Despite the exponential growth of social media in the past few years, Search Engine Optimization (SEO) is still an integral part of web publishing. Not properly optimizing your website for the search engines can result in lackluster rankings and by extension, less traffic than you might otherwise expect.
With that in mind, last week we covered a number of common onsite SEO mistakes that many WordPress users make on a per-page/post basis. This week I want to focus on errors that can have ramifications across an entire website — the kind of issues that can have a major impact on your site’s ability to rank for relevant keywords.
If you find that your site is victim to some of these errors, rectifying them may make a dramatic difference to the flow of search engine traffic to your WordPress site.
Important: If you missed Part 1, be sure to check out The Most Common WordPress Onsite SEO Mistakes Part 1.
Poorly Structured Headers
HTML headers (e.g. the <h1> tag) provide Google with a lot of context pertaining to the relevancy of your site. Words placed within header tags are weighted more heavily than those contained within the main content on your site.
As such, it is vitally important that you include relevant keywords within these headers whenever possible, but it is also important that your header tags are structured appropriately. Some WordPress themes do not follow best practice in this regard, so you may want to check your header tags now. In brief:
- On your home page, the <h1> tag should be the name of your site
- On all other pages, the <h1> tag should be the headline (i.e. of the post/page)
That way, your homepage has the best chance of ranking for your site’s name, and other pages have the best chance of ranking for whatever specific topic they are covering. Furthermore, <h2> and <h3> tags should be free for use as contextually relevant sub-headers. What your theme shouldn’t be doing is using those tags for wasteful purposes (e.g. for the headline “recommended posts” in a sidebar widget — that does not help the search engines at all).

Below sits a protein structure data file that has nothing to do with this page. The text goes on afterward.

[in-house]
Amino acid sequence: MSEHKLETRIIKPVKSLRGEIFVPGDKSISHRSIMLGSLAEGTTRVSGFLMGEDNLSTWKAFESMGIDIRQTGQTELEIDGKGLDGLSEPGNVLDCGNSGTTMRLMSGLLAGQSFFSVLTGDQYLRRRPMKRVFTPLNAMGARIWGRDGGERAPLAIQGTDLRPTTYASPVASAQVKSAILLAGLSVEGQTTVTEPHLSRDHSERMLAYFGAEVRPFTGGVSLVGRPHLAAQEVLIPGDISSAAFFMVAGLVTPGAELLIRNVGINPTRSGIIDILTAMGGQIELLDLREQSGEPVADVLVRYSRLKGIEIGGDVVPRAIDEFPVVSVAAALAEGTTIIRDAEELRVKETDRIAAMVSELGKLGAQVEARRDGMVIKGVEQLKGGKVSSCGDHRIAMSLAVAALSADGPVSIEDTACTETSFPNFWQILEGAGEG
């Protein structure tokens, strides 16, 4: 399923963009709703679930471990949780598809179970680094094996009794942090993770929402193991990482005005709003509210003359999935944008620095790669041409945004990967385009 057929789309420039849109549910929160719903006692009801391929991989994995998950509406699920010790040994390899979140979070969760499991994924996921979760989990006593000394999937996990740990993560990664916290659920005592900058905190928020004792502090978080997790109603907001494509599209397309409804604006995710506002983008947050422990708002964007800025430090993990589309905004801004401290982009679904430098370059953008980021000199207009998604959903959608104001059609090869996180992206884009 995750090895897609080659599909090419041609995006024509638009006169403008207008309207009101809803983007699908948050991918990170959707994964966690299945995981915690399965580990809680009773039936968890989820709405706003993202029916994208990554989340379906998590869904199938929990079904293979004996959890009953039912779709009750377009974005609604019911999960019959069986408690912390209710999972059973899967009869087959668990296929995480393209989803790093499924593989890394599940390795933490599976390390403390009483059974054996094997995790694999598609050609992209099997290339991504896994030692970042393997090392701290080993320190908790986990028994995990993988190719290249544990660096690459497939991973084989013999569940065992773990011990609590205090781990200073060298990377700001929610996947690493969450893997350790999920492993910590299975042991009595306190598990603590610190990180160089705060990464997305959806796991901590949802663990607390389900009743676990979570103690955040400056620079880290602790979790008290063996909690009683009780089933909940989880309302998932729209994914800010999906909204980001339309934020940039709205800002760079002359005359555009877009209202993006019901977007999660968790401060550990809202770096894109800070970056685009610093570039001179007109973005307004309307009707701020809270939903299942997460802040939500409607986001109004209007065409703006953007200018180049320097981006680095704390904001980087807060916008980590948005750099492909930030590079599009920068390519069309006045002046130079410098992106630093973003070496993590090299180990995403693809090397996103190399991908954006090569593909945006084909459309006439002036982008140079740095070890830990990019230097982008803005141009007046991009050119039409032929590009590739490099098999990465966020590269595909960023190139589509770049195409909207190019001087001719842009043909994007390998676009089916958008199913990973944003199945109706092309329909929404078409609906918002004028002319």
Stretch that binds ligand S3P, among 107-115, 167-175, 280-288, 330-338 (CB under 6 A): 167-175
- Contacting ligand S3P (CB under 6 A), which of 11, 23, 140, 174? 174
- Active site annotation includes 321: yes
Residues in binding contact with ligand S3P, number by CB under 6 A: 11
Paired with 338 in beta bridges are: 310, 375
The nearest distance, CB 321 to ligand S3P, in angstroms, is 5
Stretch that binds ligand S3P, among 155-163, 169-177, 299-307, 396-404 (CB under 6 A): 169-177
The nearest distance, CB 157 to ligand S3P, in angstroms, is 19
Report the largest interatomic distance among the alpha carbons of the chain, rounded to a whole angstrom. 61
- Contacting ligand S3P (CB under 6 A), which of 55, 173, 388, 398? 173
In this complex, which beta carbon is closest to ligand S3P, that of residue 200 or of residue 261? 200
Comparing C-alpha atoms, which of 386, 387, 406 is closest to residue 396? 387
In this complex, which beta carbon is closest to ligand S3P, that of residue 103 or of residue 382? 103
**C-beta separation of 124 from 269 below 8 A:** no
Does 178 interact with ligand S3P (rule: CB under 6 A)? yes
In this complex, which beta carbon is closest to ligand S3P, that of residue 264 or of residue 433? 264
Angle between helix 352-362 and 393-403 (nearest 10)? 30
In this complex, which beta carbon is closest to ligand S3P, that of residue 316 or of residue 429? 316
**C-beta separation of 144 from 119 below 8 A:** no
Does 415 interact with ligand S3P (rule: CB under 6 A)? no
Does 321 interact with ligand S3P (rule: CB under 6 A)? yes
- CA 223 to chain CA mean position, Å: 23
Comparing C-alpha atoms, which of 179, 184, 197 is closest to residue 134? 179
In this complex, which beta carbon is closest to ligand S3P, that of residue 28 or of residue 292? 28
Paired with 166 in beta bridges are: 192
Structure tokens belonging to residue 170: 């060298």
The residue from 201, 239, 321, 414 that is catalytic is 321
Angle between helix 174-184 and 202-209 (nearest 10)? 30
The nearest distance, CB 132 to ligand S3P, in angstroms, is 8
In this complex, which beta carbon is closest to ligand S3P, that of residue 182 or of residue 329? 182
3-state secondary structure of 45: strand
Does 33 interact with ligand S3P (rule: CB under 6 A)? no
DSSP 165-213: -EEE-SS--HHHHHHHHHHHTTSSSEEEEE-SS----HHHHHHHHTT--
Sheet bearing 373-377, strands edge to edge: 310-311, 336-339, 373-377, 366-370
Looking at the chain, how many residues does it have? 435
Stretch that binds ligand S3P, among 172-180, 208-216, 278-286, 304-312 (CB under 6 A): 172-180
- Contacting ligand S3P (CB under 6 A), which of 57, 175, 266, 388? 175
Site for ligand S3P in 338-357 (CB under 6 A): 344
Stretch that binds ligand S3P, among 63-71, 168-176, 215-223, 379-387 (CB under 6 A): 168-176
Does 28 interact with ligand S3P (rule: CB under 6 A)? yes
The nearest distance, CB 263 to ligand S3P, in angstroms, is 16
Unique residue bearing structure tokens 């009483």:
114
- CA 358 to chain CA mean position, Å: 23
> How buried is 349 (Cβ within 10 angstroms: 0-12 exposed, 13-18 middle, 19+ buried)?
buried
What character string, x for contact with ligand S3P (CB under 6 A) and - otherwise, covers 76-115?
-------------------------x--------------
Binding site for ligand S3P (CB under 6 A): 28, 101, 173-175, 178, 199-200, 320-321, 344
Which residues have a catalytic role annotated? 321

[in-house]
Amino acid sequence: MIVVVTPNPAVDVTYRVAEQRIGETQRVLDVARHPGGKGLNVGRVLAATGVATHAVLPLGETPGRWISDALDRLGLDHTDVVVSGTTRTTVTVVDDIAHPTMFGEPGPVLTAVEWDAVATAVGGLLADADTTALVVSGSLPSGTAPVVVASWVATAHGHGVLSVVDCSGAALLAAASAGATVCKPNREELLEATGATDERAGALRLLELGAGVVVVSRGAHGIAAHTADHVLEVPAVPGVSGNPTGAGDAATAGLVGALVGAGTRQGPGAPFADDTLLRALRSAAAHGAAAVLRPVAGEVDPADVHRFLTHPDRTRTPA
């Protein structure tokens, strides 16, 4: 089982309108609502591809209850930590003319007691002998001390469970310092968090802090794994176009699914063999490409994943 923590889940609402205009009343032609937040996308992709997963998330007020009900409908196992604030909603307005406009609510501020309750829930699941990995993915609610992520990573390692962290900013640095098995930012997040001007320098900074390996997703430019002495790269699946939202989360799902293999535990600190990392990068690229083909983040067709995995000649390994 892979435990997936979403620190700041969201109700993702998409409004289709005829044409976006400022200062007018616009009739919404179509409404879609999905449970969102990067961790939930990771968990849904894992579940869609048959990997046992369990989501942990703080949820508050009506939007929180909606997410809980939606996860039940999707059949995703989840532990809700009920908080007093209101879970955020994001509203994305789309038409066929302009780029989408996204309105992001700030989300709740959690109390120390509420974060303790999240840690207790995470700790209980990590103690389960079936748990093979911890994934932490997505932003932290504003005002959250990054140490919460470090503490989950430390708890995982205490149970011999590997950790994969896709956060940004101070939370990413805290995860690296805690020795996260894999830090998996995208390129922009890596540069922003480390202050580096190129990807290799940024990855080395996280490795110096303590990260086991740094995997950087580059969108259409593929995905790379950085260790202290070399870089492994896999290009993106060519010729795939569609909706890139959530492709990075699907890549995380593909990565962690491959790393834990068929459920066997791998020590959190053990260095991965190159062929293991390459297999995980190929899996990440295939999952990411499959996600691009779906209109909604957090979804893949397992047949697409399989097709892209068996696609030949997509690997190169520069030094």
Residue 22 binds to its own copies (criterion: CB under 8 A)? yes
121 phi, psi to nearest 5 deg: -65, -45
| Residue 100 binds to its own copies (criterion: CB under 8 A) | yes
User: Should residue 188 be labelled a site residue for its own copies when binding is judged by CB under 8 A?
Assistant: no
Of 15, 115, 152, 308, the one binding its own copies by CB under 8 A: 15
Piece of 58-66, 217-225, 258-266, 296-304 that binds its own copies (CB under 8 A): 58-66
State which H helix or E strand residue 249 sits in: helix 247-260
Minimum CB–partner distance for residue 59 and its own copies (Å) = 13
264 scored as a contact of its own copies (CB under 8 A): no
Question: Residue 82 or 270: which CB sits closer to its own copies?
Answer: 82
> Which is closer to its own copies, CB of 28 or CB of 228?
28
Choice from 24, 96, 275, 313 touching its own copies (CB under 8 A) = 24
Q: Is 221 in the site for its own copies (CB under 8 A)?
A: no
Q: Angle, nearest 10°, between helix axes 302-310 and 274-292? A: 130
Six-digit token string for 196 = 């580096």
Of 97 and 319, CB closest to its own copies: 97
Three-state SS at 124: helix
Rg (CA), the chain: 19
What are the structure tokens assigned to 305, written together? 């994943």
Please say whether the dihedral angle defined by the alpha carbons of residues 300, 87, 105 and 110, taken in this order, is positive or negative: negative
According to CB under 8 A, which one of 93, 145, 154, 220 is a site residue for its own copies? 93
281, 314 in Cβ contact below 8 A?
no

For further information on how to correctly structure header tags, check out this in-depth post by Joost de Valk.
This is a mistake that I have been guilty of in the past. In fact, I used to completely ignore both categories and tags on my own blog. But recently I have come to understand how both of these taxonomies can be extremely valuable both in terms of (a) the user experience and (b) search engine referrals.
In a nutshell, you should categorize and tag selectively and specifically. You should have a very limited number of categories (generally less than 10, with certain exceptions), and a limited number of tags (perhaps no more than 50). If a category of tag has only been used a handful of times, it probably isn’t worthy of existence.
Well constructed category and tag pages provide search engines with a great deal of context with which they can build up an idea of your site’s relevancy as a whole to a given topic, and they can also rank on an individual basis. If you do decide to put together quality category and tag pages, remember to make sure that they are set to be indexed.
To learn more about best practice when it comes to categorizing and tagging, check out my post here.
Instructing Search Engines to Index Too Much
A lot of people make the mistake of assuming that Google will crawl and index their entire site. Whilst Google may crawl your entire site, it often will not index all of the posts and pages. And in reality, you don’t actually want Google to crawl all of the content on your site — only the stuff that is actually worth ranking. Anything else is superfluous and does you no benefit being in Google’s index.
Specifically, such pages include:
- Unused taxonomy/archive pages (e.g. tags, author archives, date-based archives, etc.)
- Legal disclaimers